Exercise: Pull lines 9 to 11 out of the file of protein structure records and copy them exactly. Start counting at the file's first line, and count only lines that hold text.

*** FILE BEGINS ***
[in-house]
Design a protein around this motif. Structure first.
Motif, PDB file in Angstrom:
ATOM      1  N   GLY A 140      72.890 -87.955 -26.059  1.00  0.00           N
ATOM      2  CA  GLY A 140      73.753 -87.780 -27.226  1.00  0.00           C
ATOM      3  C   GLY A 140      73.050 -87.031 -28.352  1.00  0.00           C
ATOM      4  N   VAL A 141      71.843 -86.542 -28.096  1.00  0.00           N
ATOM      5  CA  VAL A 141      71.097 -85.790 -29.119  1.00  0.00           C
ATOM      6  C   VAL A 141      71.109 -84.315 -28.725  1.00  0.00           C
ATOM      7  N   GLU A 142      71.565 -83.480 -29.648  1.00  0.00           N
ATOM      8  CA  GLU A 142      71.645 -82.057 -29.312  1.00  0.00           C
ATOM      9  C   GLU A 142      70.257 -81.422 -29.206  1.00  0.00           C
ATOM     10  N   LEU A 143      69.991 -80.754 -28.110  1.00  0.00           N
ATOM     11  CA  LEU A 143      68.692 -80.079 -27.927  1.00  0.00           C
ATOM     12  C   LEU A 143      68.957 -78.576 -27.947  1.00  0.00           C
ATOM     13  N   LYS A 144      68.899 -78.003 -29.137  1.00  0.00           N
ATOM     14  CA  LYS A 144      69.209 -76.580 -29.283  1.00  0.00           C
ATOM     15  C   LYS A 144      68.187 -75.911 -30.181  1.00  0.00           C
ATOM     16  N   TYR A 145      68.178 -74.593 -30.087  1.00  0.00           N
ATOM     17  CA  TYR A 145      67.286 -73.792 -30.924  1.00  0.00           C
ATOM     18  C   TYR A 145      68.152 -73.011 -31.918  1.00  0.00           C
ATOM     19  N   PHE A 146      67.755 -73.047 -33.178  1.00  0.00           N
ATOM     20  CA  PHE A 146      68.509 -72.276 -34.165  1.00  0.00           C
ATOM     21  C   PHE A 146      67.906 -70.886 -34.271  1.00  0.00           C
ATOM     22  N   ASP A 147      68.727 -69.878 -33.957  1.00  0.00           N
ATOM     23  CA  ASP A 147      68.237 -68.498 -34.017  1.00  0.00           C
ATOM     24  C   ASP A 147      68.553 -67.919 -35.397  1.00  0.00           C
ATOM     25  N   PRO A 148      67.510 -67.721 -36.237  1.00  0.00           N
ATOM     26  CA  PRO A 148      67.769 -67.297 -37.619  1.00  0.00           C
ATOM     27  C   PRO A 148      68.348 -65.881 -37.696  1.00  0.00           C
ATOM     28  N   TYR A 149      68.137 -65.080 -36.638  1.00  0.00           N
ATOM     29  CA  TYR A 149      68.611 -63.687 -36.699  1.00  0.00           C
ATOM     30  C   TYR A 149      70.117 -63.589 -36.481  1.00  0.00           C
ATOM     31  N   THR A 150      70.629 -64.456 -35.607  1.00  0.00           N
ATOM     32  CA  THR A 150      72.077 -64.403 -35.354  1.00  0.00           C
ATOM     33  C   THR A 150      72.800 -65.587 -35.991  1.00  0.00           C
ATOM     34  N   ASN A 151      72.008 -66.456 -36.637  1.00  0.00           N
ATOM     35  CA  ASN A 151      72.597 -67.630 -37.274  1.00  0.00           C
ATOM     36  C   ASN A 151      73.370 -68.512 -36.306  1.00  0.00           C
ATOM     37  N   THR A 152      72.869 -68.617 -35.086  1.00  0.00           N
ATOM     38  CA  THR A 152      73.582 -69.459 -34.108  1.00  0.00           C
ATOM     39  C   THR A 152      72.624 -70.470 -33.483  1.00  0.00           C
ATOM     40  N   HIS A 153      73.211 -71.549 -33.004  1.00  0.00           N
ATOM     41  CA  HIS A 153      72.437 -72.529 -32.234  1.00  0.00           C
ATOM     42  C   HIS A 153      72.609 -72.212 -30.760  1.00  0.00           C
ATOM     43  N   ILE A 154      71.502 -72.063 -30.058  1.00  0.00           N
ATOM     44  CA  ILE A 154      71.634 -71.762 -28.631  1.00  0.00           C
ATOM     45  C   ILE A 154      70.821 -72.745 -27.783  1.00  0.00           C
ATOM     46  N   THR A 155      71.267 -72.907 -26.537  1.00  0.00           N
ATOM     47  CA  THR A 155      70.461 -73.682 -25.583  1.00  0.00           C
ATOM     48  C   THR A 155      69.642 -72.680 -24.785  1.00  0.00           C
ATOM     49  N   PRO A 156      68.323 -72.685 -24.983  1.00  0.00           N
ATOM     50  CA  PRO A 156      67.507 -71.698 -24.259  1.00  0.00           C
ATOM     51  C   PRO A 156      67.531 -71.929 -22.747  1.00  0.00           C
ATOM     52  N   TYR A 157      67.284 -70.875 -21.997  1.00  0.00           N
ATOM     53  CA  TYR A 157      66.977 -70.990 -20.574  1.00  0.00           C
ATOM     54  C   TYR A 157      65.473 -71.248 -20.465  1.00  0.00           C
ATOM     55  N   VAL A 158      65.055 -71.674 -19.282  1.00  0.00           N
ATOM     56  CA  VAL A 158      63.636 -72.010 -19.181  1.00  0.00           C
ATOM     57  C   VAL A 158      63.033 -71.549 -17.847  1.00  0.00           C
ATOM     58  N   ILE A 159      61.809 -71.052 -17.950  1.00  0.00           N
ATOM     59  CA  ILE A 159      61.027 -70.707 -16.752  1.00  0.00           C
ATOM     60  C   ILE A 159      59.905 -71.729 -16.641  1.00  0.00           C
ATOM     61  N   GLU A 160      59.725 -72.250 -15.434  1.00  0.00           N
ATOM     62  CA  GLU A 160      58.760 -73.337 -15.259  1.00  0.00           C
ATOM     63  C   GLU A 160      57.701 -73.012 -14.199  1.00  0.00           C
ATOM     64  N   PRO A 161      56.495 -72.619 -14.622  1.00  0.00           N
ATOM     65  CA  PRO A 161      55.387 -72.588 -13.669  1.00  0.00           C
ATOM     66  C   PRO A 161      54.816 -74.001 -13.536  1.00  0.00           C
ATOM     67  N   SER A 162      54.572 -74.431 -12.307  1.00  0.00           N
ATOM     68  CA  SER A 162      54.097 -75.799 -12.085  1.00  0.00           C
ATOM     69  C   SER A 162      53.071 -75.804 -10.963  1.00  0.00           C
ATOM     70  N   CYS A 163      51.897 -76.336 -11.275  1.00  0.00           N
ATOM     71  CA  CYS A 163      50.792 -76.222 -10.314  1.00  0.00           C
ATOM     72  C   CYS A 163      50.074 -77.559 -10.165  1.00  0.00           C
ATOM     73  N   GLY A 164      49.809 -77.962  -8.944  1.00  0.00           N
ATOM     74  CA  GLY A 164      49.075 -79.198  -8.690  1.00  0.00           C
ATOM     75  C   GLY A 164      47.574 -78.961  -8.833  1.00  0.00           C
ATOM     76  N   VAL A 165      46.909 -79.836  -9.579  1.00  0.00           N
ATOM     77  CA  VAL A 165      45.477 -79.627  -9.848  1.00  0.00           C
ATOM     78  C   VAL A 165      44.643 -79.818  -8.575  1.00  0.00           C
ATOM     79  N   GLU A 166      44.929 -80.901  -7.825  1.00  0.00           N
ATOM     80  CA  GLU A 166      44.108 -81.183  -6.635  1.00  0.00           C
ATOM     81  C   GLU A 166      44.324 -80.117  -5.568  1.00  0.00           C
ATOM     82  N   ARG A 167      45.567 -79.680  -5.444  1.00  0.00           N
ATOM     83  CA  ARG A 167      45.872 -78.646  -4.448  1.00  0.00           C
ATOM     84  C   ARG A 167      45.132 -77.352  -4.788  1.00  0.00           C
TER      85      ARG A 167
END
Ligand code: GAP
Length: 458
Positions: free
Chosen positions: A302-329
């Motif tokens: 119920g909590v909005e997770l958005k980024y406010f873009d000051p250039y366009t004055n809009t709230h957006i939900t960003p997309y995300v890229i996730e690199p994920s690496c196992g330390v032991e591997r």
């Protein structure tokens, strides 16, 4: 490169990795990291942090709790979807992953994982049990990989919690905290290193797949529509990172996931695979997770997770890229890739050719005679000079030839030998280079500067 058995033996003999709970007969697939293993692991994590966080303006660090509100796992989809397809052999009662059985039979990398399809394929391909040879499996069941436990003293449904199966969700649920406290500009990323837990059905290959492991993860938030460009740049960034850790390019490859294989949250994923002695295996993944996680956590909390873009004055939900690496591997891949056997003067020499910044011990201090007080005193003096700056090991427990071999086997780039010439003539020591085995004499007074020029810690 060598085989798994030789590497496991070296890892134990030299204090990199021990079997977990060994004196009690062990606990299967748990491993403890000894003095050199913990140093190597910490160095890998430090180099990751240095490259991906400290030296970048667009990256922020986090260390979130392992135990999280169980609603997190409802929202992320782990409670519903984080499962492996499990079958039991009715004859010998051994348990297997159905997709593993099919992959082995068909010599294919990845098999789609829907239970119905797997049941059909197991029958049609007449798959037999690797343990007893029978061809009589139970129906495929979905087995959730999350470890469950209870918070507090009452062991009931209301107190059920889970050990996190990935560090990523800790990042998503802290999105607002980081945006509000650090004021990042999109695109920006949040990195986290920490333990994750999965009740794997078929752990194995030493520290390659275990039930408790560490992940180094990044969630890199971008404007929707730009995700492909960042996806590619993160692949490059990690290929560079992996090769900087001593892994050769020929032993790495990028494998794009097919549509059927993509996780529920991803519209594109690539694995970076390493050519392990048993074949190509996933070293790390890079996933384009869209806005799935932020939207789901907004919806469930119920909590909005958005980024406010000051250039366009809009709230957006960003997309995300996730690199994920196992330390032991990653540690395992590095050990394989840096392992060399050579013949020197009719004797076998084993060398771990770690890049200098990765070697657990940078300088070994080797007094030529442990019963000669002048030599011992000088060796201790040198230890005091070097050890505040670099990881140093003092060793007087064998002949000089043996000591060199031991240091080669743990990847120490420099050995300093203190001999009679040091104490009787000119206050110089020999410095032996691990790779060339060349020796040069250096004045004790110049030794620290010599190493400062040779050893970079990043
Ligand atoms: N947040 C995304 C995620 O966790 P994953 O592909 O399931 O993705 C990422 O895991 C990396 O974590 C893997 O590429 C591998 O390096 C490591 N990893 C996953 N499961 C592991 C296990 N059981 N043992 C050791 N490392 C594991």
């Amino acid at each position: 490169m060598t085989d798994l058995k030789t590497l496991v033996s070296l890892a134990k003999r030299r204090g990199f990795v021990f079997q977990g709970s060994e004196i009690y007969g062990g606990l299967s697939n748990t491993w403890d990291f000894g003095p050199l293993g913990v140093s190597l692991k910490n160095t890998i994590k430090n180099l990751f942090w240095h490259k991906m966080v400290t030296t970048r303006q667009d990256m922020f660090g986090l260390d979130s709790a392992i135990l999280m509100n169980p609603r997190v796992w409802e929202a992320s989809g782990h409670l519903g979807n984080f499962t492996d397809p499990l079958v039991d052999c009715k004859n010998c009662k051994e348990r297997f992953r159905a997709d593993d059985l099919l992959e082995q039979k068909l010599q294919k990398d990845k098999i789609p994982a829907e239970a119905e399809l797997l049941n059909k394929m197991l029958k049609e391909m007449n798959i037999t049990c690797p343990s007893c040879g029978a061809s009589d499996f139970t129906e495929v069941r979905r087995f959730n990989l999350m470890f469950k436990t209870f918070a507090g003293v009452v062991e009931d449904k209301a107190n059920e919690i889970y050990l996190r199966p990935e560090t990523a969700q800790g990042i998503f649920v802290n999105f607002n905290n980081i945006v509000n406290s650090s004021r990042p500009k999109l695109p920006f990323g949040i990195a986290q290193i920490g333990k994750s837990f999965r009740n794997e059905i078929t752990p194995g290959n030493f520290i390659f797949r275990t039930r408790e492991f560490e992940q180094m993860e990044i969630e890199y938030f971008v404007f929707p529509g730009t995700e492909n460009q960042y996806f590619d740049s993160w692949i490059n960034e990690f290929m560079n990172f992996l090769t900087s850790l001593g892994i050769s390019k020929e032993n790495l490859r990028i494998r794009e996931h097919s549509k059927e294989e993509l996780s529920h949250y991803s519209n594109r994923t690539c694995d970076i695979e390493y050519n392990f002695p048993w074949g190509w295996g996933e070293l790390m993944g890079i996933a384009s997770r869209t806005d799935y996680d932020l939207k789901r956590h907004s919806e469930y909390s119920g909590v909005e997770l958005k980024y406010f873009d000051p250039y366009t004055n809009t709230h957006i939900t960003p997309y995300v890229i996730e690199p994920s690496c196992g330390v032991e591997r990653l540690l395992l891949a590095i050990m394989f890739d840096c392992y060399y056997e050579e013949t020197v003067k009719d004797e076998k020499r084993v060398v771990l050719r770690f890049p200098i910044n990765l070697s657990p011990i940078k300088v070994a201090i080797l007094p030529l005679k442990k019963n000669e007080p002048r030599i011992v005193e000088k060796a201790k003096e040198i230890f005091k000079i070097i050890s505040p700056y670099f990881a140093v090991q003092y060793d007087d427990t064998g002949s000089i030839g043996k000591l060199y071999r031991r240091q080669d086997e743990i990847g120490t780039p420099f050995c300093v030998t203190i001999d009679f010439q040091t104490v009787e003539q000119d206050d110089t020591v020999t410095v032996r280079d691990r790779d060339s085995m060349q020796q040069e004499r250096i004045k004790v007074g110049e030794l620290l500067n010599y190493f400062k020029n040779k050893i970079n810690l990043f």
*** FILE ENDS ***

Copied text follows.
ATOM      6  C   VAL A 141      71.109 -84.315 -28.725  1.00  0.00           C
ATOM      7  N   GLU A 142      71.565 -83.480 -29.648  1.00  0.00           N
ATOM      8  CA  GLU A 142      71.645 -82.057 -29.312  1.00  0.00           C